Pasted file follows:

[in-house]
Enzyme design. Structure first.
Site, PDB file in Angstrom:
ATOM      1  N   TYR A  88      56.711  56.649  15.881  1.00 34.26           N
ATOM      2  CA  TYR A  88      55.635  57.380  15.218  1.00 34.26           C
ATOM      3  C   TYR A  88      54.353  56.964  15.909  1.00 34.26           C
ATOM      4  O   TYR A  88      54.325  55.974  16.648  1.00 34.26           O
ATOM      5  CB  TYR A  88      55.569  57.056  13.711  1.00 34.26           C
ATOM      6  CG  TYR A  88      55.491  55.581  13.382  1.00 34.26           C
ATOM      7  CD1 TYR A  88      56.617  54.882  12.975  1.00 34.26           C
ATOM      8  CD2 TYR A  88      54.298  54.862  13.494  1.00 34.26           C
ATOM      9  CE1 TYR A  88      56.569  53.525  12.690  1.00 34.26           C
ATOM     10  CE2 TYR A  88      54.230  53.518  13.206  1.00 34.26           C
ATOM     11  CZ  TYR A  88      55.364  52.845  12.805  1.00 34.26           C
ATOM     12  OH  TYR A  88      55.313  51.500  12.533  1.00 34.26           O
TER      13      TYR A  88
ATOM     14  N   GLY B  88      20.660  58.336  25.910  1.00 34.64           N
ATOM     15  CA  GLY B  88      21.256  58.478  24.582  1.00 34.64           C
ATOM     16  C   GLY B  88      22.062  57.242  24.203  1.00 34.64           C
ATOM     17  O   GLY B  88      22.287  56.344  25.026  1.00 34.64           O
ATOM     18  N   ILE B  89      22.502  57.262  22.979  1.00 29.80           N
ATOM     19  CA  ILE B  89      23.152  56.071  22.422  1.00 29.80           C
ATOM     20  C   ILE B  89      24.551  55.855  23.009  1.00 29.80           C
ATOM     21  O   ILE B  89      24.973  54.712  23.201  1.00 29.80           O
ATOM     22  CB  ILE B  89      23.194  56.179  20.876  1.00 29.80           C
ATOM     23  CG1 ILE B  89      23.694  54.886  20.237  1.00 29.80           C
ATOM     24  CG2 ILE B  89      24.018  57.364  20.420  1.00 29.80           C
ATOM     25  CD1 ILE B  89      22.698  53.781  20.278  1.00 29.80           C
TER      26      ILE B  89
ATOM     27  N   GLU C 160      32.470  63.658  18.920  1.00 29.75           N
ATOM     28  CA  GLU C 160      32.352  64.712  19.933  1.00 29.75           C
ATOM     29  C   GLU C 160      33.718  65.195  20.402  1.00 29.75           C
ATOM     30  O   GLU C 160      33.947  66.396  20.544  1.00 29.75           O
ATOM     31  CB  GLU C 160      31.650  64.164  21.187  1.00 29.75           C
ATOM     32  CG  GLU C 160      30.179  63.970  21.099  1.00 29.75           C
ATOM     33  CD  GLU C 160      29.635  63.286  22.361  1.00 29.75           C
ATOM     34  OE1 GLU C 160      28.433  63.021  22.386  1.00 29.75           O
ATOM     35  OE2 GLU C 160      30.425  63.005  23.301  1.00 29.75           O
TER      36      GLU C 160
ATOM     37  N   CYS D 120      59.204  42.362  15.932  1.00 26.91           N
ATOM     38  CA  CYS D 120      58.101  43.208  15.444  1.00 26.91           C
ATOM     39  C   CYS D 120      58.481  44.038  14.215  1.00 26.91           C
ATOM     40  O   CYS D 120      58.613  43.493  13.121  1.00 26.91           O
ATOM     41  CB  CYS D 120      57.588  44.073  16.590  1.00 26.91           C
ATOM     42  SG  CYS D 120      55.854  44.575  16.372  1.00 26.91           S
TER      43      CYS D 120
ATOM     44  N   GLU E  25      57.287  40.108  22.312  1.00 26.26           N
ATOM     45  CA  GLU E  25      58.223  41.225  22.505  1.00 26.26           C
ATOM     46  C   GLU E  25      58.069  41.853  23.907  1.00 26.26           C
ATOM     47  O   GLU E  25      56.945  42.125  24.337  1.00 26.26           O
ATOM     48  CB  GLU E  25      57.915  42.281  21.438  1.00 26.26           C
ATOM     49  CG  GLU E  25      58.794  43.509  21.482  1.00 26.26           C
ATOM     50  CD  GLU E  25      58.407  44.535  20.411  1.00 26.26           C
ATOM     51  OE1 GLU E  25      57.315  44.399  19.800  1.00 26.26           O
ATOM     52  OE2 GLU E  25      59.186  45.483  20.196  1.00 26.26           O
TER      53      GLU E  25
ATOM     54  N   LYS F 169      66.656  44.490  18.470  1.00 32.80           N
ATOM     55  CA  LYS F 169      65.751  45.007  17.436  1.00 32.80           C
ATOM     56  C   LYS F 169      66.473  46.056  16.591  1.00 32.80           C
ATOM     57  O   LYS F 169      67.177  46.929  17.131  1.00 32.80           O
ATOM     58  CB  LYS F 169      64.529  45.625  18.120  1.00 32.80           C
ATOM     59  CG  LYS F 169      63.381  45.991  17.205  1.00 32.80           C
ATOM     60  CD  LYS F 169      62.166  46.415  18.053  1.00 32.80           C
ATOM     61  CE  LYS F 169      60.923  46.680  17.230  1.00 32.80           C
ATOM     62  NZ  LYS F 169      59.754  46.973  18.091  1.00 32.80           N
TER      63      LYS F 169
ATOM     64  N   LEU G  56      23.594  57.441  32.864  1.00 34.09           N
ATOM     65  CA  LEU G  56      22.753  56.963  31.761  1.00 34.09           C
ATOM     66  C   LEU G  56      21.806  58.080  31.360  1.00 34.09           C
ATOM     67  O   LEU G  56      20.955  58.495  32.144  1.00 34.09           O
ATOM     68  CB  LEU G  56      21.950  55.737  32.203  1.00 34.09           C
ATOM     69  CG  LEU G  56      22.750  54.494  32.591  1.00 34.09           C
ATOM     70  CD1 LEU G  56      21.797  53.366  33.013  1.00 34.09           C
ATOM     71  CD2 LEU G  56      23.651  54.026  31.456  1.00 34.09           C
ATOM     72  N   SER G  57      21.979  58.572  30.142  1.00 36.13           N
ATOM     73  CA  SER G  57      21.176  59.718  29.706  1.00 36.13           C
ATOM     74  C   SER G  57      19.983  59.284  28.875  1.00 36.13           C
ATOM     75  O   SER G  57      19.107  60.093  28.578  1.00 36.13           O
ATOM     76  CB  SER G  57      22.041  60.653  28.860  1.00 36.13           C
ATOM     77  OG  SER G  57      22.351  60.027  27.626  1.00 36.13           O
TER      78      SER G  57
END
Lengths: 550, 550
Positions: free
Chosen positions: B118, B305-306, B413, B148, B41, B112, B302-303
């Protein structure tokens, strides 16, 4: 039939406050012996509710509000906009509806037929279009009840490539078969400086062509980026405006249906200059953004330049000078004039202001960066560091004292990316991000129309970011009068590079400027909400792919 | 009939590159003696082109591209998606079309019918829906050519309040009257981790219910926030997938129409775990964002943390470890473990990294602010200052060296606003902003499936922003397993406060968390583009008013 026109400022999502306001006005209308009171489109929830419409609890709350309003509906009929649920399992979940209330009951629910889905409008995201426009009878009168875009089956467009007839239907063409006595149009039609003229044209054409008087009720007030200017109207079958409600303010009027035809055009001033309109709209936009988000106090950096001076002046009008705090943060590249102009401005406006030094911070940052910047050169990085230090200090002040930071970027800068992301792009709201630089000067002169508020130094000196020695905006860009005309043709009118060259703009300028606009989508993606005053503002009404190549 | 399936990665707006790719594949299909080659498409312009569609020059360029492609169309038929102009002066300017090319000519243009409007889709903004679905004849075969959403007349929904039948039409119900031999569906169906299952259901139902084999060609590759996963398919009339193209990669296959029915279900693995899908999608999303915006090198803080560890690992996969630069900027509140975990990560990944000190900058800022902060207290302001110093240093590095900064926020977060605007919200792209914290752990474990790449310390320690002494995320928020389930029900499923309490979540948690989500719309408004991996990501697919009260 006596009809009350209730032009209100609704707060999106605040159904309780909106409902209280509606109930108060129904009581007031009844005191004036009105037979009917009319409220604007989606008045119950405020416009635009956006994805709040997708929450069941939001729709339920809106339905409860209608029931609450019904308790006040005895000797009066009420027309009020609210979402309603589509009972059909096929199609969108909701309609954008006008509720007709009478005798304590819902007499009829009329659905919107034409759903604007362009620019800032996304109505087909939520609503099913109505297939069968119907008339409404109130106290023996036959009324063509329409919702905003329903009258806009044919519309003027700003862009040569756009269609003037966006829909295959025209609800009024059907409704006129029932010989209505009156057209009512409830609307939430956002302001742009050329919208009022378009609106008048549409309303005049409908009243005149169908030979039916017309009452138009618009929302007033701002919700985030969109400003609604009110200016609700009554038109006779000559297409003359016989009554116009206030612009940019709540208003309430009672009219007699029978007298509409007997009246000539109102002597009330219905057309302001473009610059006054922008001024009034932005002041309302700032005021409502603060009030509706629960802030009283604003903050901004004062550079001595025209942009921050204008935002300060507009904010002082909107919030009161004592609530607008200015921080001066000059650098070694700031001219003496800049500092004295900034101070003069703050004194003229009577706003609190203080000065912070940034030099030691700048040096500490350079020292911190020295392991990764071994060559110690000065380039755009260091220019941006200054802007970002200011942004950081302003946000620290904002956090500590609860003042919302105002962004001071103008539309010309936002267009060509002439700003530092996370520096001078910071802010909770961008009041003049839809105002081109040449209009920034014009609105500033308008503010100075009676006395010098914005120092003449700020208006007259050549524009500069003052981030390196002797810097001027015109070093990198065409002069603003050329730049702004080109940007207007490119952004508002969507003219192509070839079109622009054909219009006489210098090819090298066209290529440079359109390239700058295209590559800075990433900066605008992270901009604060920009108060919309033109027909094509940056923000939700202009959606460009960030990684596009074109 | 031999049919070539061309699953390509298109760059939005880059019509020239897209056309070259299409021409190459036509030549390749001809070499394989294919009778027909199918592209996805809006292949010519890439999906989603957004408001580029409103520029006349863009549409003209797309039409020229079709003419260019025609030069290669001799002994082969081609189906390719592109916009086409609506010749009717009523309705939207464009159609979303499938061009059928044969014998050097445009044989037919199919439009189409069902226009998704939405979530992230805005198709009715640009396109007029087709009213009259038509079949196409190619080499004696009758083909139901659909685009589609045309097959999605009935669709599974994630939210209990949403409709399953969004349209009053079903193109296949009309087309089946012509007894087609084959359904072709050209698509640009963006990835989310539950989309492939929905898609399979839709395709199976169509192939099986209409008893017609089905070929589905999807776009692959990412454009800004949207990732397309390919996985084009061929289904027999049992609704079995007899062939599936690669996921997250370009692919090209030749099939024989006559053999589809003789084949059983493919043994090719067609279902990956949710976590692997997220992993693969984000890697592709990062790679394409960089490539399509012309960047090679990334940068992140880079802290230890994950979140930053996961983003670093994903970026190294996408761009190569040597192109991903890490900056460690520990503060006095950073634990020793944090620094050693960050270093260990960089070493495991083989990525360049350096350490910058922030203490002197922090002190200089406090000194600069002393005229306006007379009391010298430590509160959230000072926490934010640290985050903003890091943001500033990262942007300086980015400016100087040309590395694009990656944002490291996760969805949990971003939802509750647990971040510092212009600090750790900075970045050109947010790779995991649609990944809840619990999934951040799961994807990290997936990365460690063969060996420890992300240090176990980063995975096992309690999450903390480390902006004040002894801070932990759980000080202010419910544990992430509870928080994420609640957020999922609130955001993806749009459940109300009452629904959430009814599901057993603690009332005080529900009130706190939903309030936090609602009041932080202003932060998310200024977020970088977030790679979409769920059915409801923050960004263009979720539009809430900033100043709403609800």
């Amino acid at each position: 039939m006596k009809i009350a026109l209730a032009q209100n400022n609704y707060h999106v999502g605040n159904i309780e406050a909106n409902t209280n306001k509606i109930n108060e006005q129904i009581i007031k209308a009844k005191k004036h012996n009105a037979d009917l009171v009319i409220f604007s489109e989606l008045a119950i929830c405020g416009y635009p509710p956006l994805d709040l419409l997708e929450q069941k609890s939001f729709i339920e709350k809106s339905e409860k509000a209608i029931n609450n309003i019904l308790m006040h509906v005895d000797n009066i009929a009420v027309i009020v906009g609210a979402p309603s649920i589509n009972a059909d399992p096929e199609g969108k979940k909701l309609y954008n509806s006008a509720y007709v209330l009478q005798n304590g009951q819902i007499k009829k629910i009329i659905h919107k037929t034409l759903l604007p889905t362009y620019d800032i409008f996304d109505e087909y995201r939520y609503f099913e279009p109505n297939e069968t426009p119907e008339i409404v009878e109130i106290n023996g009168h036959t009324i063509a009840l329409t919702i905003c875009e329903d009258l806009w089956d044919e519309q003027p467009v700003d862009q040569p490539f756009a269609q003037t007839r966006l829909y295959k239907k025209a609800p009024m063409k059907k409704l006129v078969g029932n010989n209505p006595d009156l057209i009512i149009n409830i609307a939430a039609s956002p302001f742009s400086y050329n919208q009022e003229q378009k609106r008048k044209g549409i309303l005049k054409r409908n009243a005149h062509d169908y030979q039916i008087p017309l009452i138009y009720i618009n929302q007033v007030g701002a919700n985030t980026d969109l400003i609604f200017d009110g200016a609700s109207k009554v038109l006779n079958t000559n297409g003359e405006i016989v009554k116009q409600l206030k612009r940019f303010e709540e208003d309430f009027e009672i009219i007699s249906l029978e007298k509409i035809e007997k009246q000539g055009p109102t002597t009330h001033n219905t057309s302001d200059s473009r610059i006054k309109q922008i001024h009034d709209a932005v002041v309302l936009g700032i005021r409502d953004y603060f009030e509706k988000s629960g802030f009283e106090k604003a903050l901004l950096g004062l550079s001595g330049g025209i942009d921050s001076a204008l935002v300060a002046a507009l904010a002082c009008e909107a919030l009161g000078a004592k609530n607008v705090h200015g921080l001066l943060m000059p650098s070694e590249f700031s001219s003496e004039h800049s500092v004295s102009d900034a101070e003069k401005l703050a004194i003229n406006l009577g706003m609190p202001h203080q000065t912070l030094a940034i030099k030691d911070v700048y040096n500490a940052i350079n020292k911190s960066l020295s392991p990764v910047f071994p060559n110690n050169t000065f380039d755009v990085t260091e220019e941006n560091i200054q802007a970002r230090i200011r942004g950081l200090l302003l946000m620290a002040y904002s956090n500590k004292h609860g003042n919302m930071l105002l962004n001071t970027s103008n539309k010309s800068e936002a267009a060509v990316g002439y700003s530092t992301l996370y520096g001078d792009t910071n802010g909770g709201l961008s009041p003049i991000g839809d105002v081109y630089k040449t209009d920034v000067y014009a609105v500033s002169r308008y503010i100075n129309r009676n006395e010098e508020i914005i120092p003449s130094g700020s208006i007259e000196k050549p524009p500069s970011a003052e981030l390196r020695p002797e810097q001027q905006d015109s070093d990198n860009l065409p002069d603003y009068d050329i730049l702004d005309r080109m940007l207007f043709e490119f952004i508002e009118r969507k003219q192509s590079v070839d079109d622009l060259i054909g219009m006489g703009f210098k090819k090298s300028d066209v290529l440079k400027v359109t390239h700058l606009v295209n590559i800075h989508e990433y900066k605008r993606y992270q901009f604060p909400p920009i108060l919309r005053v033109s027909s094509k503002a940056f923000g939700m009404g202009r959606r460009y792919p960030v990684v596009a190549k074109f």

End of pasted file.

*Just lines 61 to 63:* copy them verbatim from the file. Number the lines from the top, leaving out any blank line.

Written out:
ATOM     58  CB  LYS F 169      64.529  45.625  18.120  1.00 32.80           C
ATOM     59  CG  LYS F 169      63.381  45.991  17.205  1.00 32.80           C
ATOM     60  CD  LYS F 169      62.166  46.415  18.053  1.00 32.80           C